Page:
All about Rocky Mt. Spotted Fever

All the facts that you need to know

What is Rocky Mt. Spotted Fever (RMSF)

RMSF is a serious illness that can be very dangerous in the first eight days of symptoms if not treated correctly. Patients who get treated early could possibly recover quickly on medication, but those who experience a severe course may need antibiotics, prolonged hospitalization or intensive care.


  • Fever
  • Rash (occurs 2-5 days after fever, may be absent in some cases; see below)
  • Headache
  • Nausea
  • Vomiting
  • Abdominal pain (may mimic appendicitis or other causes of acute abdominal pain)
  • Muscle pain
  • Lack of appetite
  • Conjunctival injection (red eyes)


The first symptoms of Rocky Mountain spotted fever (RMSF) usually begins 2-14 days after the bite of an infected tick. A tick bite is usually painless and about half of the people who develop RMSF do not remember being bitten. The disease begins as a sudden fever and headache and most people visit a healthcare provider during the first few days of symptoms. Because early symptoms may be non-specific, several visits may occur before the diagnosis of RMSF is made and correct treatment begins. It is important to note that few people with the disease will develop all symptoms, and the number and combination of symptoms varies greatly from person to person.

Long-term Health Problems

Patients who had a particularly severe infection requiring prolonged hospitalization may have long-term health problems caused by this disease. Rickettsia rickettsii infects the endothelial cells that line the blood vessels. The damage that occurs in the blood vessels results in a disease process called a "vasculitis", and bleeding or clotting in the brain or other vital organs occur. Loss of fluid from damaged vessels results in loss of circulation to the extremities and damaged fingers, toes or even limbs may ultimately need to be amputated. Patients who suffer this kind of severe vasculitis in the first two weeks of illness may also be left with permanent long-term health problems such as profound neurological deficits, or damage to internal organs. Those who dont have this kind of vascular damage in the initial stages of the disease typically recover fully within several days to months.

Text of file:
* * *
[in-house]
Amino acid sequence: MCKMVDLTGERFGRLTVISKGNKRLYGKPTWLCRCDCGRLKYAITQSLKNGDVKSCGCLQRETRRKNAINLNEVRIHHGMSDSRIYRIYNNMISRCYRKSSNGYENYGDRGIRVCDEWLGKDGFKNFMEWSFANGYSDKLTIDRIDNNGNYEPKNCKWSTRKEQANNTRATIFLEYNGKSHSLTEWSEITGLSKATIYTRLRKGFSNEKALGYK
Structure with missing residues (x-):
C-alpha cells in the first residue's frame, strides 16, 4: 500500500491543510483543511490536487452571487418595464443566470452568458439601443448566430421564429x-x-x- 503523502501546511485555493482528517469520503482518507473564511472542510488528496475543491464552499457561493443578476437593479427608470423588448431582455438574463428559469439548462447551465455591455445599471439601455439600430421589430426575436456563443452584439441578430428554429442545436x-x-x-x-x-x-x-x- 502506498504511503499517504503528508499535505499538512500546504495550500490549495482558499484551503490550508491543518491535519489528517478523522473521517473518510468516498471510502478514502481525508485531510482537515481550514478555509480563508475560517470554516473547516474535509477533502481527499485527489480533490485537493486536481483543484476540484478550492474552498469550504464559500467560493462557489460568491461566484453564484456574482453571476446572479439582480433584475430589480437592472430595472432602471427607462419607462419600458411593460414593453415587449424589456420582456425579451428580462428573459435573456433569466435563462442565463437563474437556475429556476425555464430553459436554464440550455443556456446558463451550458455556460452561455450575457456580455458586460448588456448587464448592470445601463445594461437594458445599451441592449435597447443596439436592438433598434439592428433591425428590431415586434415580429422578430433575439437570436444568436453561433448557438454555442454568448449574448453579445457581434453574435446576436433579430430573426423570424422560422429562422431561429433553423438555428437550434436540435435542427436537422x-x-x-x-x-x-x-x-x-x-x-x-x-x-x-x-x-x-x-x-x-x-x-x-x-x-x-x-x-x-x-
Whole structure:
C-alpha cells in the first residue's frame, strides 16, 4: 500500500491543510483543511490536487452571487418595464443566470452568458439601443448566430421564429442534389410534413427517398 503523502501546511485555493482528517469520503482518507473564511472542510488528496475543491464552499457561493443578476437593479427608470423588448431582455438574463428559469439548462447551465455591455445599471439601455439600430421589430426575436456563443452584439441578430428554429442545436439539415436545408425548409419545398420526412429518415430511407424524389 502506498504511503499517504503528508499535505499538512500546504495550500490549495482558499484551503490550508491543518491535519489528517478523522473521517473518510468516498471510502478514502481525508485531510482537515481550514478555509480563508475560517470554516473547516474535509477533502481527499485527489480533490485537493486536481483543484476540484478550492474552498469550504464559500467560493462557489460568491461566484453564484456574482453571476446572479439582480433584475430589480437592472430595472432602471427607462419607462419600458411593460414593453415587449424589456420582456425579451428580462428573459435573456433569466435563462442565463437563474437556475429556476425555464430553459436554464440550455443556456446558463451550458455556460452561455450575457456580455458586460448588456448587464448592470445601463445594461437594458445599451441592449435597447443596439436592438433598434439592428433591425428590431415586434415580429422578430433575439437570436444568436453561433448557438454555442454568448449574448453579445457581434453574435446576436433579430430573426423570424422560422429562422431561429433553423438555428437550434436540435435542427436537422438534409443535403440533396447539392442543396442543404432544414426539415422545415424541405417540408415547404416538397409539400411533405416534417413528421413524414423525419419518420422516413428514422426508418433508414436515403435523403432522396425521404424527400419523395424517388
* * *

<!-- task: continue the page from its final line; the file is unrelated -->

Doxycycline is the first line treatment for adults and children of all ages and should be initiated immediately whenever RMSF is suspected.

Infection in Children

Children with RMSF infection may experience nausea, vomiting, and loss of appetite. Children are less likely to report a headache, but more likely to develop an early rash than adults. Others observed signs and symptoms in children with RMSF are abdominal pain, altered mental status, and conjunctival injection. Occasionally, symptoms like cough, sore throat, and diarrhea may be seen, and can lead to misdiagnosis.

The RMSF Rash

While most people with RMSF (90%) have some type of rash during the illness, some people do not develop the rash until late in the disease process, after treatment should have already begun. Approximately 10% of RMSF patients never develop a rash. It is important for physicians to consider RMSF if other signs and symptoms support a diagnosis, even if a rash is not present.

A classic case of RMSF involves a rash that first appears 2-5 days after the fever as small, flat, pink, non-itchy spots (macules) on the wrists, forearms, and ankles and spreads to include the trunk and sometimes the palms and soles. Often the rash varies from this description and people who fail to develop a rash, or develop an atypical rash, are at increased risk of being misdiagnosed.

The red to purple, spotted (petechial) rash of RMSF is usually not seen until the sixth day or later after onset of symptoms and occurs in 35-60% of patients with the infection. This is a sign of progression to severe disease, and every attempt should be made to begin treatment before petechiae develops.